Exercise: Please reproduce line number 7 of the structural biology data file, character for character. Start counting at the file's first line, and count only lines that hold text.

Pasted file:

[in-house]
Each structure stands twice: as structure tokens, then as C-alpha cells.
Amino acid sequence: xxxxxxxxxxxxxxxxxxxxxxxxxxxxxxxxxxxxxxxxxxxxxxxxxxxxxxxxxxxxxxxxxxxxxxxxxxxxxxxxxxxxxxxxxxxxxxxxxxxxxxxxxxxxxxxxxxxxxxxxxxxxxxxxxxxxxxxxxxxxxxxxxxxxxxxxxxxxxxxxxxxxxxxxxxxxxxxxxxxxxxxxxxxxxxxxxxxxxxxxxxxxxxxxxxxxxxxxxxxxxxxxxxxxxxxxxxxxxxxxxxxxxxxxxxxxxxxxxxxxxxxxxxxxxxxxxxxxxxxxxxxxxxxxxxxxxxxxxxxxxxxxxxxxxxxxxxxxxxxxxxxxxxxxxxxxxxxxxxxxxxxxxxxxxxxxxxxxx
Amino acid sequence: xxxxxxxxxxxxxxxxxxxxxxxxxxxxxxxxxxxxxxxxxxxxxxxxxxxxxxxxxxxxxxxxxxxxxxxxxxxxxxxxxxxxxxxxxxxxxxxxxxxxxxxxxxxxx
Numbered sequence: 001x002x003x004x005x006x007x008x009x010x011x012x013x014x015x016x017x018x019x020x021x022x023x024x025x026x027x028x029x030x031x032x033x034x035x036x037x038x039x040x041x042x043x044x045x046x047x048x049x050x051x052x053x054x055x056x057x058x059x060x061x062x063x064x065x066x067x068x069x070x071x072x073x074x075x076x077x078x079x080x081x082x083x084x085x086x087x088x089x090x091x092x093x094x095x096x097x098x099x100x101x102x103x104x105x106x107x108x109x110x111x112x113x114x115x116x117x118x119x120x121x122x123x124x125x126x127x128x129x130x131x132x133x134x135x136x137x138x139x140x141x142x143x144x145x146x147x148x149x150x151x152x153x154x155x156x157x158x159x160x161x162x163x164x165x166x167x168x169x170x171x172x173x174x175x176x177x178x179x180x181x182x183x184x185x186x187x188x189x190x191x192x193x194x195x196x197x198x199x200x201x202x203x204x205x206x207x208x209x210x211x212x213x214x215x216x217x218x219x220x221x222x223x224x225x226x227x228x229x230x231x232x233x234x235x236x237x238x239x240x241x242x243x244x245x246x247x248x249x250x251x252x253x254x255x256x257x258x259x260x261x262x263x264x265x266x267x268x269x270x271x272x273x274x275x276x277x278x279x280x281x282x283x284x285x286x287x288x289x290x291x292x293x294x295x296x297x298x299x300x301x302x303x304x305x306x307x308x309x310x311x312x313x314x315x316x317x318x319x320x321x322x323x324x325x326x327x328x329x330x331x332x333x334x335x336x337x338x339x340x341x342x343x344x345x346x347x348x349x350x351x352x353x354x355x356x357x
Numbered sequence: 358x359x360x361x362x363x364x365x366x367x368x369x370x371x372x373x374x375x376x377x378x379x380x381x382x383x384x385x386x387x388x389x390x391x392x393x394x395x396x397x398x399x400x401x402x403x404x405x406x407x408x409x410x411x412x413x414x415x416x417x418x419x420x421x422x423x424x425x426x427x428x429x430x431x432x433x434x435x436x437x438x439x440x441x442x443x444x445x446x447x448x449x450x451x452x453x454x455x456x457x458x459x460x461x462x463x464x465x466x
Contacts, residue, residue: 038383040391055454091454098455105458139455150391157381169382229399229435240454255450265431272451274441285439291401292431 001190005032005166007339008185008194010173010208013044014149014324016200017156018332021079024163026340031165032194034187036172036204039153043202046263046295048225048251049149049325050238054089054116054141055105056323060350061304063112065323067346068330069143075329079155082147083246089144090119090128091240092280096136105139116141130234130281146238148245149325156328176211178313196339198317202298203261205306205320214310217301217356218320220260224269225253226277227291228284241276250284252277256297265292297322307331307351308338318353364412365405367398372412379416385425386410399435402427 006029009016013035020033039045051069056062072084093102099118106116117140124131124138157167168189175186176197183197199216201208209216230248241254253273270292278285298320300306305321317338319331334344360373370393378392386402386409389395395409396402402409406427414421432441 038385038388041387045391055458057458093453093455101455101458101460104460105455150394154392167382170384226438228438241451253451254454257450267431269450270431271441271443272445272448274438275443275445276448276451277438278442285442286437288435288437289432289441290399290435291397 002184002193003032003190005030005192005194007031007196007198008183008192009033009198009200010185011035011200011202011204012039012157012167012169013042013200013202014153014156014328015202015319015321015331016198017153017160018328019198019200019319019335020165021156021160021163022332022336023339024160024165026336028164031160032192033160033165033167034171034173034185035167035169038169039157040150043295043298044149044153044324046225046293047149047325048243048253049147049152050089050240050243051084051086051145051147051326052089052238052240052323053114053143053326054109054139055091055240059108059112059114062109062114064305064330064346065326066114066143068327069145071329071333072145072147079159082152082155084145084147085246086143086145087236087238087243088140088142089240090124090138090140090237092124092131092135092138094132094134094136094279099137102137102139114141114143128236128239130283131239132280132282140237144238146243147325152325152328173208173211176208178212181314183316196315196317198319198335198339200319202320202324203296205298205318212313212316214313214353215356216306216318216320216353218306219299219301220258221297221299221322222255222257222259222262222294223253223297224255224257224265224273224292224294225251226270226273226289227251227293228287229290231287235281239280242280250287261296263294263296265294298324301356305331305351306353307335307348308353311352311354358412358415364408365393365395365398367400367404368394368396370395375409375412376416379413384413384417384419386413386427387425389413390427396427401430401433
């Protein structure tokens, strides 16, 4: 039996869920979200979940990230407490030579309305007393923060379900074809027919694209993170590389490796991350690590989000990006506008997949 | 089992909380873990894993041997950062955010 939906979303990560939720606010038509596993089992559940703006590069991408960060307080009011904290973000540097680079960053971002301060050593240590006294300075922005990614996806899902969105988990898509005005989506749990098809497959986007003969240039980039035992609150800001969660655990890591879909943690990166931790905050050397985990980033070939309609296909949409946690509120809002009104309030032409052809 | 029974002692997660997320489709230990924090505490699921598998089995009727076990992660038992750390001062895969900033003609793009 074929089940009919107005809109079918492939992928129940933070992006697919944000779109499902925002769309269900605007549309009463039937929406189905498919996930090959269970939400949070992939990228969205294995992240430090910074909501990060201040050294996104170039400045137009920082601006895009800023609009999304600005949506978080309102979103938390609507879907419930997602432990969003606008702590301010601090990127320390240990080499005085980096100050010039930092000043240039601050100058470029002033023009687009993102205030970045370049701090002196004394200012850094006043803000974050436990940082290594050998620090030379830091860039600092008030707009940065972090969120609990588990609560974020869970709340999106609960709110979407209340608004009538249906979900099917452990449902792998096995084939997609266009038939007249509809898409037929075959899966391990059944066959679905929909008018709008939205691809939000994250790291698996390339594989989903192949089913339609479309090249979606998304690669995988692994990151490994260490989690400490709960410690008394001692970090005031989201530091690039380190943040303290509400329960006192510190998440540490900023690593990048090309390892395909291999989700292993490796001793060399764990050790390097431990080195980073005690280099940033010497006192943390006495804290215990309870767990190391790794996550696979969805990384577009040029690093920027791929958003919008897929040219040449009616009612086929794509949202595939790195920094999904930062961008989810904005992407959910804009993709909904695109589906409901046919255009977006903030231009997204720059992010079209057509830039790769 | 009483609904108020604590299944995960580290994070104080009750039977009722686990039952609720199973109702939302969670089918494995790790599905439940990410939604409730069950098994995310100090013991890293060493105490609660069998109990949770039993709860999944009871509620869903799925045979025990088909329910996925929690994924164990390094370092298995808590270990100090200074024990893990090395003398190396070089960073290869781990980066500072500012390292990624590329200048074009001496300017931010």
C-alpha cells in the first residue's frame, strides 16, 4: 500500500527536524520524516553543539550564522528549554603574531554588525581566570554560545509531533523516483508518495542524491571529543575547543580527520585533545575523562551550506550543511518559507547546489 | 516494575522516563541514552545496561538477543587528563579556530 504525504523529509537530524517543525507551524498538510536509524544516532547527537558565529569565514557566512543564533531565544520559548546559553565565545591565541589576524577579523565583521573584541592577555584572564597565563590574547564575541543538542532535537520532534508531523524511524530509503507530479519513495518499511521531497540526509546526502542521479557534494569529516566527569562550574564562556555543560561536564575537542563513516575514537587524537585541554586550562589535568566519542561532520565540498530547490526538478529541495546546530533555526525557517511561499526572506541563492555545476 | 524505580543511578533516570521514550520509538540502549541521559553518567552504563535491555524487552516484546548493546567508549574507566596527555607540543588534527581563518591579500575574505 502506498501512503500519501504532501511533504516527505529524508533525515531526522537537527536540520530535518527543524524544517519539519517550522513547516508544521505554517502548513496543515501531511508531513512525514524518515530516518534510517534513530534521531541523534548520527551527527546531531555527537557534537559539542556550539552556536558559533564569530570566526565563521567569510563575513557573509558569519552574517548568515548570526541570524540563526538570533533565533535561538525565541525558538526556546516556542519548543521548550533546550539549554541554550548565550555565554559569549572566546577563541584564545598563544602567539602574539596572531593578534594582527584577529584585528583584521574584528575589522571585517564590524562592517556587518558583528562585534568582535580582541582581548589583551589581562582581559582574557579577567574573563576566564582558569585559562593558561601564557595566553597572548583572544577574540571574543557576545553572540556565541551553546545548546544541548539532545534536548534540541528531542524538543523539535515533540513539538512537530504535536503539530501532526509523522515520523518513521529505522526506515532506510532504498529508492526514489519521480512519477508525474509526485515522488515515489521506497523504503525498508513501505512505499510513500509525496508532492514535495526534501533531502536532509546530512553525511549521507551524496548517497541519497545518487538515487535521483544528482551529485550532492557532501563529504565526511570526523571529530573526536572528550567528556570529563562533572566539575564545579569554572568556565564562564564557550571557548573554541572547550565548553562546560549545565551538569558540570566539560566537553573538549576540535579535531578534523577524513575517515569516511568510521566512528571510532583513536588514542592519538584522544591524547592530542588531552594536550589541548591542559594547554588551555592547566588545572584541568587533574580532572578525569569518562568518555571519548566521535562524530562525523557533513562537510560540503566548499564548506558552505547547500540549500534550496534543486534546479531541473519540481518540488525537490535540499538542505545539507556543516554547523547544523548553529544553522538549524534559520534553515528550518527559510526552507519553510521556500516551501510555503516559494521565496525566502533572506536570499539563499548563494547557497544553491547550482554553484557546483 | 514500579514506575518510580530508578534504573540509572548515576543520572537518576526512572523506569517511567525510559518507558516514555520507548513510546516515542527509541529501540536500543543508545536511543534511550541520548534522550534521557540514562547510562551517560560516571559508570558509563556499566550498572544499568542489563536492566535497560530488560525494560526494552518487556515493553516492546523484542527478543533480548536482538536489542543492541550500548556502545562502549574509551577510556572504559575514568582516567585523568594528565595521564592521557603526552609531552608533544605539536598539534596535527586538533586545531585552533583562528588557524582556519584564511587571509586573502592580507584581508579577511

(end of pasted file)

Contacts, residue, residue: 038383040391055454091454098455105458139455150391157381169382229399229435240454255450265431272451274441285439291401292431 001190005032005166007339008185008194010173010208013044014149014324016200017156018332021079024163026340031165032194034187036172036204039153043202046263046295048225048251049149049325050238054089054116054141055105056323060350061304063112065323067346068330069143075329079155082147083246089144090119090128091240092280096136105139116141130234130281146238148245149325156328176211178313196339198317202298203261205306205320214310217301217356218320220260224269225253226277227291228284241276250284252277256297265292297322307331307351308338318353364412365405367398372412379416385425386410399435402427 006029009016013035020033039045051069056062072084093102099118106116117140124131124138157167168189175186176197183197199216201208209216230248241254253273270292278285298320300306305321317338319331334344360373370393378392386402386409389395395409396402402409406427414421432441 038385038388041387045391055458057458093453093455101455101458101460104460105455150394154392167382170384226438228438241451253451254454257450267431269450270431271441271443272445272448274438275443275445276448276451277438278442285442286437288435288437289432289441290399290435291397 002184002193003032003190005030005192005194007031007196007198008183008192009033009198009200010185011035011200011202011204012039012157012167012169013042013200013202014153014156014328015202015319015321015331016198017153017160018328019198019200019319019335020165021156021160021163022332022336023339024160024165026336028164031160032192033160033165033167034171034173034185035167035169038169039157040150043295043298044149044153044324046225046293047149047325048243048253049147049152050089050240050243051084051086051145051147051326052089052238052240052323053114053143053326054109054139055091055240059108059112059114062109062114064305064330064346065326066114066143068327069145071329071333072145072147079159082152082155084145084147085246086143086145087236087238087243088140088142089240090124090138090140090237092124092131092135092138094132094134094136094279099137102137102139114141114143128236128239130283131239132280132282140237144238146243147325152325152328173208173211176208178212181314183316196315196317198319198335198339200319202320202324203296205298205318212313212316214313214353215356216306216318216320216353218306219299219301220258221297221299221322222255222257222259222262222294223253223297224255224257224265224273224292224294225251226270226273226289227251227293228287229290231287235281239280242280250287261296263294263296265294298324301356305331305351306353307335307348308353311352311354358412358415364408365393365395365398367400367404368394368396370395375409375412376416379413384413384417384419386413386427387425389413390427396427401430401433